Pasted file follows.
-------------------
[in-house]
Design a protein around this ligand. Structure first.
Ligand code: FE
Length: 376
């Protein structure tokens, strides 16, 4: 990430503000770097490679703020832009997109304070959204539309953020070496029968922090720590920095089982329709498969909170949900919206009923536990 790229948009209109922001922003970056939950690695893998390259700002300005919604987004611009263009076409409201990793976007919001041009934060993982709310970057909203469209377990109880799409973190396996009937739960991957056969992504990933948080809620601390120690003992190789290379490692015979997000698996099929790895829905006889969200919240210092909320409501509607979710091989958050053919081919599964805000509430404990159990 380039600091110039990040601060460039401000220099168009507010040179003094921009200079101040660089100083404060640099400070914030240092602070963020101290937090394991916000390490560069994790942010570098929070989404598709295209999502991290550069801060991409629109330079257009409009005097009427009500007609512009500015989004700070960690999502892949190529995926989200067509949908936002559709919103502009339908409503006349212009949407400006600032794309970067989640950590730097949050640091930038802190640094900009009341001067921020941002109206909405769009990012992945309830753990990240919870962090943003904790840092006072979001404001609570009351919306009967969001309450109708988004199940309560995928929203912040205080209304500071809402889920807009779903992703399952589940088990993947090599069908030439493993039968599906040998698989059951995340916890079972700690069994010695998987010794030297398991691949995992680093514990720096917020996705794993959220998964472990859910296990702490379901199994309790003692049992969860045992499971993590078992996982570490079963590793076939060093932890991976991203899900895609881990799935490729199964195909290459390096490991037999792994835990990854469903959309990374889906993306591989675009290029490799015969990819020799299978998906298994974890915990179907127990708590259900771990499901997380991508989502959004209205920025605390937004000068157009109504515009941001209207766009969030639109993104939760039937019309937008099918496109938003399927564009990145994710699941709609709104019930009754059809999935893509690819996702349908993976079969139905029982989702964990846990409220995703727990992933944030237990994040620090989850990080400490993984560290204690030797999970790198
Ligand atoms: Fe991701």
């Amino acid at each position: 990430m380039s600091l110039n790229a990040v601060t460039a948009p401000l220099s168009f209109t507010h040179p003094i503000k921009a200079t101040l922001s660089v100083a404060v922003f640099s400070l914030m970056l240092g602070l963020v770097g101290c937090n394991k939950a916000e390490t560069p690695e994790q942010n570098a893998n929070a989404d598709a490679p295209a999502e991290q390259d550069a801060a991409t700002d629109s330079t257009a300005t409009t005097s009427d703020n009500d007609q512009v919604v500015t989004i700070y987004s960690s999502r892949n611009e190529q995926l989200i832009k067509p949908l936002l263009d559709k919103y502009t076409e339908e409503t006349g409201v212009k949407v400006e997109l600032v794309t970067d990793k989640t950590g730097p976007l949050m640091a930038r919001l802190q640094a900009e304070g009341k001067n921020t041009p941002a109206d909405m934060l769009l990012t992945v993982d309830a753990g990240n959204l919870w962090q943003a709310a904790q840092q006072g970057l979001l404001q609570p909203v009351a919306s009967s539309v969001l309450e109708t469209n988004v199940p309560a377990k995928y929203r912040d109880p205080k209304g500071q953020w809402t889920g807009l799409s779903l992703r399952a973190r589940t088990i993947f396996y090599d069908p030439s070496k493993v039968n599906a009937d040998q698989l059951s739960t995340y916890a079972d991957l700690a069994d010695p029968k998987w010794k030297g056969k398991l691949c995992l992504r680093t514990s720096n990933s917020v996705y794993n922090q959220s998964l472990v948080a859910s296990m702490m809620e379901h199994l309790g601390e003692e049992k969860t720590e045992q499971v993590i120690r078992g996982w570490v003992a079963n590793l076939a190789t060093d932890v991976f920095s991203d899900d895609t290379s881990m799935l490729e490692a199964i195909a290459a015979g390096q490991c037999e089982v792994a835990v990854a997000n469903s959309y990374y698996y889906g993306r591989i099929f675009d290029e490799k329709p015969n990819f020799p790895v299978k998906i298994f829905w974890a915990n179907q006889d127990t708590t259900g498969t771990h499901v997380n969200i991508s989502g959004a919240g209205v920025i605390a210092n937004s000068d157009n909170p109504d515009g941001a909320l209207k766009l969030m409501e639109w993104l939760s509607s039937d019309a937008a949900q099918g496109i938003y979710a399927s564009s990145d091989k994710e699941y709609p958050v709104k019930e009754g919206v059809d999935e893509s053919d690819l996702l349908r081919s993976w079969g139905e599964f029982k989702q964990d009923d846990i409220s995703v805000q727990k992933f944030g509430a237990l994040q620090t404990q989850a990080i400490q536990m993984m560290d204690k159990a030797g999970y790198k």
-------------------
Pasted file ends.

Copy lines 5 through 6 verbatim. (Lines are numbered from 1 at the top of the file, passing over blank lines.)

């Protein structure tokens, strides 16, 4: 990430503000770097490679703020832009997109304070959204539309953020070496029968922090720590920095089982329709498969909170949900919206009923536990 790229948009209109922001922003970056939950690695893998390259700002300005919604987004611009263009076409409201990793976007919001041009934060993982709310970057909203469209377990109880799409973190396996009937739960991957056969992504990933948080809620601390120690003992190789290379490692015979997000698996099929790895829905006889969200919240210092909320409501509607979710091989958050053919081919599964805000509430404990159990 380039600091110039990040601060460039401000220099168009507010040179003094921009200079101040660089100083404060640099400070914030240092602070963020101290937090394991916000390490560069994790942010570098929070989404598709295209999502991290550069801060991409629109330079257009409009005097009427009500007609512009500015989004700070960690999502892949190529995926989200067509949908936002559709919103502009339908409503006349212009949407400006600032794309970067989640950590730097949050640091930038802190640094900009009341001067921020941002109206909405769009990012992945309830753990990240919870962090943003904790840092006072979001404001609570009351919306009967969001309450109708988004199940309560995928929203912040205080209304500071809402889920807009779903992703399952589940088990993947090599069908030439493993039968599906040998698989059951995340916890079972700690069994010695998987010794030297398991691949995992680093514990720096917020996705794993959220998964472990859910296990702490379901199994309790003692049992969860045992499971993590078992996982570490079963590793076939060093932890991976991203899900895609881990799935490729199964195909290459390096490991037999792994835990990854469903959309990374889906993306591989675009290029490799015969990819020799299978998906298994974890915990179907127990708590259900771990499901997380991508989502959004209205920025605390937004000068157009109504515009941001209207766009969030639109993104939760039937019309937008099918496109938003399927564009990145994710699941709609709104019930009754059809999935893509690819996702349908993976079969139905029982989702964990846990409220995703727990992933944030237990994040620090989850990080400490993984560290204690030797999970790198
Ligand atoms: Fe991701």